In Damascus in 1840, a Capuchin friar disappeared. A local Jewish barber was arrested and, after he was tortured, confessed to the disappearance. A mob subsequently attacked the local Jewish community and more Jews were arrested. The French government became involved due to its Middle Eastern ambitions, and supported the charges against the innocent barber. French Jews, however, became deeply concerned. As French citizens they should support France’s foreign policy ambitions, but as Jews they could not stand behind their government’s support of a malicious crime against Jews. Adolphe Crémieux, a Jewish French politician, eventually managed to secure the release of Jewish prisoners in Damascus. The victory, however, was a Pyrrhic one. French Jews were susceptible to accusations of disloyalty to France due to the perception that they would always choose to support Jews abroad over France.
These accusations emanate from what is often called dual loyalty, and while this example stems from 1840, it is by no means an isolated case and Jews are not the only victims of this charge. During the Second World War, Canadians and Americans of Japanese ancestry were viewed with enough suspicion for both governments to confiscate the property of these citizens. By 1942, they were interned in camps that were not closed until 1946. It took until 1965 for official compensation to be dispensed in the USA, with the first apology not made until 1988 although further compensation and legal issues continued until 1992. In Canada it was not until 1988 that the Canadian government issued a formal apology along with compensation. Today, it is Muslims who are becoming increasingly targeted as having dual loyalty, and the debate over dual loyalty is now framed as a problem of population diversity, national identity, multiculturalism, and the politics of difference.
Accusations directed against minority populations as not belonging ‘enough’ to the nation are not new, but they are deeply troubling. This problem challenges some of the underpinnings of the modern state system. This system is based on nation-states and, importantly, on the political idea that a stable domestic community and a relatively stable international community require that each state is based on a homogenous nation. In order to add credibility to the idea that there is a national body, the nation is presumed to have existed before the state came into being, and that the state reflects the national unity and similarity of its population. The problem, however, is that no state has ever been homogenous, and this retroactive reading of the national-identity does not change this fact. It would make more empirical sense to think in terms of nations-states as opposed to nation-states, but we do not use this language.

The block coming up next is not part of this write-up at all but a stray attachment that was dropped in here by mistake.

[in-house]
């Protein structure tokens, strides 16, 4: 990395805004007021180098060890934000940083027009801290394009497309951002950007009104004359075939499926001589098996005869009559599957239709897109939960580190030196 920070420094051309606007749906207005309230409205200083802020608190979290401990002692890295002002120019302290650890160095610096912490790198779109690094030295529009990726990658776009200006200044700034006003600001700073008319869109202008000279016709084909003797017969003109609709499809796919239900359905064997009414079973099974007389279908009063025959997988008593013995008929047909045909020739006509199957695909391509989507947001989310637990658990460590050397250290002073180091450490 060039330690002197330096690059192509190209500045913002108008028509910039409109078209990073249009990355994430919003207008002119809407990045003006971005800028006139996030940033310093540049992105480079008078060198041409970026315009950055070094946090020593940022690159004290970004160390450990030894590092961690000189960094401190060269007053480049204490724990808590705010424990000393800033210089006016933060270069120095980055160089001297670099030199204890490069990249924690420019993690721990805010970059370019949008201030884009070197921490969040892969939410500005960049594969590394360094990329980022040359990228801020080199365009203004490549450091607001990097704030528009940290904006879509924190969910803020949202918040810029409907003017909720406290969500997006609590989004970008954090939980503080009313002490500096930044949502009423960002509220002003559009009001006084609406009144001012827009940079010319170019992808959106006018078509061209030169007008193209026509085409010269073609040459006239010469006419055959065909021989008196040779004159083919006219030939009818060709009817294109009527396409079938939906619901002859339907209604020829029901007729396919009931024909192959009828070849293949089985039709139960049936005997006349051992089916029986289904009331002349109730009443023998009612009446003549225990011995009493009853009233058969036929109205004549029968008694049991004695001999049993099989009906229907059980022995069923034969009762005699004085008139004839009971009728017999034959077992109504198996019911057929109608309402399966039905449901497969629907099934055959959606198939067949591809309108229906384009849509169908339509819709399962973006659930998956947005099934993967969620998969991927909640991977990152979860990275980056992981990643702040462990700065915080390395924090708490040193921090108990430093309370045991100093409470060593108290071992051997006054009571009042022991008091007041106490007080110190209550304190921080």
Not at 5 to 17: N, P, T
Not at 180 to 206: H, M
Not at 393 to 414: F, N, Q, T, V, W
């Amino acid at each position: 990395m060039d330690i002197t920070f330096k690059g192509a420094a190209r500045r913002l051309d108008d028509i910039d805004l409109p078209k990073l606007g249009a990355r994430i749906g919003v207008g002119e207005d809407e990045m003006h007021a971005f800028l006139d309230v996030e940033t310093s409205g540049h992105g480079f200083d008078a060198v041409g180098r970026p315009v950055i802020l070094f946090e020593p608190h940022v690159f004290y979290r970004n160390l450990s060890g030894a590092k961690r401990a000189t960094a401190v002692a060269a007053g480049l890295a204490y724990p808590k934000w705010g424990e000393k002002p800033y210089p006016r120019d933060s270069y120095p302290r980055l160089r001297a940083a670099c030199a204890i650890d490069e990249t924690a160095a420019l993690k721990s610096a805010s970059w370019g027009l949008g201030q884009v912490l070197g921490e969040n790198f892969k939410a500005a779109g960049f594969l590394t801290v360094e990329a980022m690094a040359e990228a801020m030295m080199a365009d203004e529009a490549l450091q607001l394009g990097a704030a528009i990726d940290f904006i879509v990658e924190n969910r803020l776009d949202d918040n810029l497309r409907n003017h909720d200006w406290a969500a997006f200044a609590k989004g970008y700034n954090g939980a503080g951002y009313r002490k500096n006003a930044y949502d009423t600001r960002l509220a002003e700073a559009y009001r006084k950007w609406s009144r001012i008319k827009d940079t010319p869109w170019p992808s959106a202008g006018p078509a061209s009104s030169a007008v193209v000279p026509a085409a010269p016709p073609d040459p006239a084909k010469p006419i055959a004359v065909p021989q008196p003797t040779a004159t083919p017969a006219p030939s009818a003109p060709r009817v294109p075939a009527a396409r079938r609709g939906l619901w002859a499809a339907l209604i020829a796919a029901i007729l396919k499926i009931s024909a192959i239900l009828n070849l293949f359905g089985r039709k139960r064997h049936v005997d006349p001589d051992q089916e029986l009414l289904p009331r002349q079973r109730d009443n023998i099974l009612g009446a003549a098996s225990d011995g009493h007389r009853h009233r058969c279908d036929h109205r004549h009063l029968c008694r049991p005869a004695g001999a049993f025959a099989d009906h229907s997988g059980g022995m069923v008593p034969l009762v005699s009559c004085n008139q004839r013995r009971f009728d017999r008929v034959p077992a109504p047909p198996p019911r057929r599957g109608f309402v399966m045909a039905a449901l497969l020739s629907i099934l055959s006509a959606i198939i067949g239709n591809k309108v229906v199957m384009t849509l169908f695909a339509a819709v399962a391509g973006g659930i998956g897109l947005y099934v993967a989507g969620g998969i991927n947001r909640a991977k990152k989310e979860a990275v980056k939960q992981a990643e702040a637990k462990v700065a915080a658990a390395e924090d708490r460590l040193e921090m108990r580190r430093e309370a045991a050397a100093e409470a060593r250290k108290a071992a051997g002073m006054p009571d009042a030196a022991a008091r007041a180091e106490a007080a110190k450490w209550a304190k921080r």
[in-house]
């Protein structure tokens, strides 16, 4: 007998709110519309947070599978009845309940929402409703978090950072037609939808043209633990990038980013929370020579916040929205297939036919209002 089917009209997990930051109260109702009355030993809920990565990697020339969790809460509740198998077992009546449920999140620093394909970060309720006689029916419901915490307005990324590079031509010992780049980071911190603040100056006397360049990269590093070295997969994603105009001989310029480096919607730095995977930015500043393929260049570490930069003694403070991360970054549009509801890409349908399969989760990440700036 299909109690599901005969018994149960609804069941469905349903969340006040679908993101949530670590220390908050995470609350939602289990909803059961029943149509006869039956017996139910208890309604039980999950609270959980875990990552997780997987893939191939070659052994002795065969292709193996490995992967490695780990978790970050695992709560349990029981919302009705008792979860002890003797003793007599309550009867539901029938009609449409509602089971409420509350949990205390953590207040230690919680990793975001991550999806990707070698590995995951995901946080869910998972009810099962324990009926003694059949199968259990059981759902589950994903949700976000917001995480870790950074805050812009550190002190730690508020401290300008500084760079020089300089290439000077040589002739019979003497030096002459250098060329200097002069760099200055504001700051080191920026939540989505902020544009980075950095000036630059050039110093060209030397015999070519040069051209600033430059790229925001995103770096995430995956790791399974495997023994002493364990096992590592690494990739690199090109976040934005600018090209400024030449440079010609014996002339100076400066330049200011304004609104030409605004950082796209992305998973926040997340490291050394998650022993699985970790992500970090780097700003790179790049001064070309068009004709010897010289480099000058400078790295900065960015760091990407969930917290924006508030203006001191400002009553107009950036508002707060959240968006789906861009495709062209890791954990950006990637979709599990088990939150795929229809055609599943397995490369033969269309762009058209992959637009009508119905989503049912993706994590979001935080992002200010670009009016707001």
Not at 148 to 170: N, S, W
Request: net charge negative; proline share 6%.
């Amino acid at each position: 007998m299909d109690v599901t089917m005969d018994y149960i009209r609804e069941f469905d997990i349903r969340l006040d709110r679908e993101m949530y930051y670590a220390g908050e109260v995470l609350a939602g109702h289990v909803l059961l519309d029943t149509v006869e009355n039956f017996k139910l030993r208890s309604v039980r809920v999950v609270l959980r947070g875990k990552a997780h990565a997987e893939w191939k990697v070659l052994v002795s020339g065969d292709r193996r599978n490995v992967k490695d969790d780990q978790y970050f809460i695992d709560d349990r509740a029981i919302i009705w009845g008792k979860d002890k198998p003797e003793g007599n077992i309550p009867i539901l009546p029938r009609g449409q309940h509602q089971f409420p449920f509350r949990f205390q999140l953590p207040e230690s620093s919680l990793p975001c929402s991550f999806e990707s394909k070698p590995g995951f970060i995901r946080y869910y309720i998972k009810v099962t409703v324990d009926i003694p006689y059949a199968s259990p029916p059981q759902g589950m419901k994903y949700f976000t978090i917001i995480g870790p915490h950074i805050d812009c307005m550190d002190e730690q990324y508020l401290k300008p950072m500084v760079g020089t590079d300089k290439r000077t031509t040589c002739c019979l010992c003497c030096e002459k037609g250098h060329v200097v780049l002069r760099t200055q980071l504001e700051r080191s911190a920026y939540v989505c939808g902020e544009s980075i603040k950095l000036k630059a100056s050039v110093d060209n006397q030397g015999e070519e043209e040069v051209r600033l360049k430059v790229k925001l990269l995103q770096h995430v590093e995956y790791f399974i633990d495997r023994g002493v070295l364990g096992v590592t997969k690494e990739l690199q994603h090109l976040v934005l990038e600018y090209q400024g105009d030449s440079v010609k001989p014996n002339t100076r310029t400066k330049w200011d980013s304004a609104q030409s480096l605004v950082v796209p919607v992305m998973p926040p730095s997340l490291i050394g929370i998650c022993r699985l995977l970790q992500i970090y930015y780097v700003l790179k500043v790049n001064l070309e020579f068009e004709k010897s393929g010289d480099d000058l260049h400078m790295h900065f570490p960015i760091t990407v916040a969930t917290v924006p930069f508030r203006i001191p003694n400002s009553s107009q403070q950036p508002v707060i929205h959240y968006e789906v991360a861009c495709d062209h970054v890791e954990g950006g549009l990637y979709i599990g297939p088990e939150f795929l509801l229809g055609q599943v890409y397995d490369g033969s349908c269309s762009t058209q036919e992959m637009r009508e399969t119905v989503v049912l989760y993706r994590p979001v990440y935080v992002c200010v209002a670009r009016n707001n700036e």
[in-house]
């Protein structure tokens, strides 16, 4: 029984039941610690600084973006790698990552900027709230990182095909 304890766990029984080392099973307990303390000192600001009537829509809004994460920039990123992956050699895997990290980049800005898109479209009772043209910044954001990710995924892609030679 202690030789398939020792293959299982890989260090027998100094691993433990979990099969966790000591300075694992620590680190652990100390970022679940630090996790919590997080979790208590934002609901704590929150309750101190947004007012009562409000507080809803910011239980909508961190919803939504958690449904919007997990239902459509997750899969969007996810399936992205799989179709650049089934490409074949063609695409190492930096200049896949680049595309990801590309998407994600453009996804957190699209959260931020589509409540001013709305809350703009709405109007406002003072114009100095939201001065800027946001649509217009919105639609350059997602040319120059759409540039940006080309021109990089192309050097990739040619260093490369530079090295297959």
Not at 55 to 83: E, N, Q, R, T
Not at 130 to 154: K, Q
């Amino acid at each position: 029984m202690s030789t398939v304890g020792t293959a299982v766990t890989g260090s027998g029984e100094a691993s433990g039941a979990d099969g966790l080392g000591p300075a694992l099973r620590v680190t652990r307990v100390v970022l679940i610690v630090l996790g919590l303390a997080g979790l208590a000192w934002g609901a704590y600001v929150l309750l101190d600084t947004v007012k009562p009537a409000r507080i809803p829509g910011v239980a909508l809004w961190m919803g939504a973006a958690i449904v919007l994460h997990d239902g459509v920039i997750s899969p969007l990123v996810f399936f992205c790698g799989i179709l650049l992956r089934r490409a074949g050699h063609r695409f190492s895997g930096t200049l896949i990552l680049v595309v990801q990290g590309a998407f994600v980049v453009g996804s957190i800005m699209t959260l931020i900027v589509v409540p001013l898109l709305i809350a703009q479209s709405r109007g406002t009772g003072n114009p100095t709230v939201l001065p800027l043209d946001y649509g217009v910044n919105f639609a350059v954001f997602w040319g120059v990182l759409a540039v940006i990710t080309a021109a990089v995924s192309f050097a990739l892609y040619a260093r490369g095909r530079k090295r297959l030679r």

Why we do not use this language is important, because the specter of dual loyalty is all around us. In 2007 the former Attorney General of England and Wales, Lord Goldsmith, proposed a new national holiday to celebrate “Britishness” as a way for the state to further develop a national identity that was without too much difference. It is worth noting that this proposal emerged in large part out of a concern about the loyalty of British Muslims, and that this loyalty was questioned due to the deadly 2005 July bombings in London, an attack at Glasgow airport in 2007, and increased fear over the threat of so-called “home-grown terrorists.” In October 2010, the German Chancellor Angela Merkel claimed that multiculturalism in Germany had failed. Switzerland, although not a bastion of multicultural tolerance, has nonetheless prohibited the construction of minarets (although apparently there are only 4 minarets in the whole country). Right-wing nationalist parties, often with anti-Islamist ideas, are growing in popularity across Europe. The Swedish Democrats have been working on preventing the construction of any new mosques in Sweden, along with French-like prohibitions against cultural Muslim headdresses worn by women. In the past year, a national uproar developed in the United States over the falsely named “Ground Zero Mosque.” Interestingly, the neighbourhood where this Muslim community centre is supposed to be built used to have a large Arab population in the 1940s, with the area then known as Little Syria.
Accusing minority groups of being a security risk because they are a minority group is not a new practice. Individuals and groups of people from most if not all religious faiths have been involved in political violence at one point or another, sometimes in a manner associated with terrorism and sometimes not. Terrorism being committed in the name of Islam is frightening and dangerous, but it cannot and should not damn an entire people. To presume that Islam is violent and that Muslims cannot be trusted or do not belong is racist. These types of dual loyalty accusations are deeply troubling, partly because of how easy it can be to fall into a xenophobic frame of mind, especially since our political language easily predisposes us to think in nation-state terms and not multicultural terms. It is interesting how while it used to be the Jews who were the easy target of dual loyalty accusations, today the accusation is directed toward Muslims. Unfortunately, due to the politics of the Middle East, Jews and Muslims have yet to recognize this similar experience and to learn from each other. Interestingly, the Middle East has featured in dual loyalty accusations directed at both peoples. Worryingly, we do not seem to be moving away from fears over dual loyalty.
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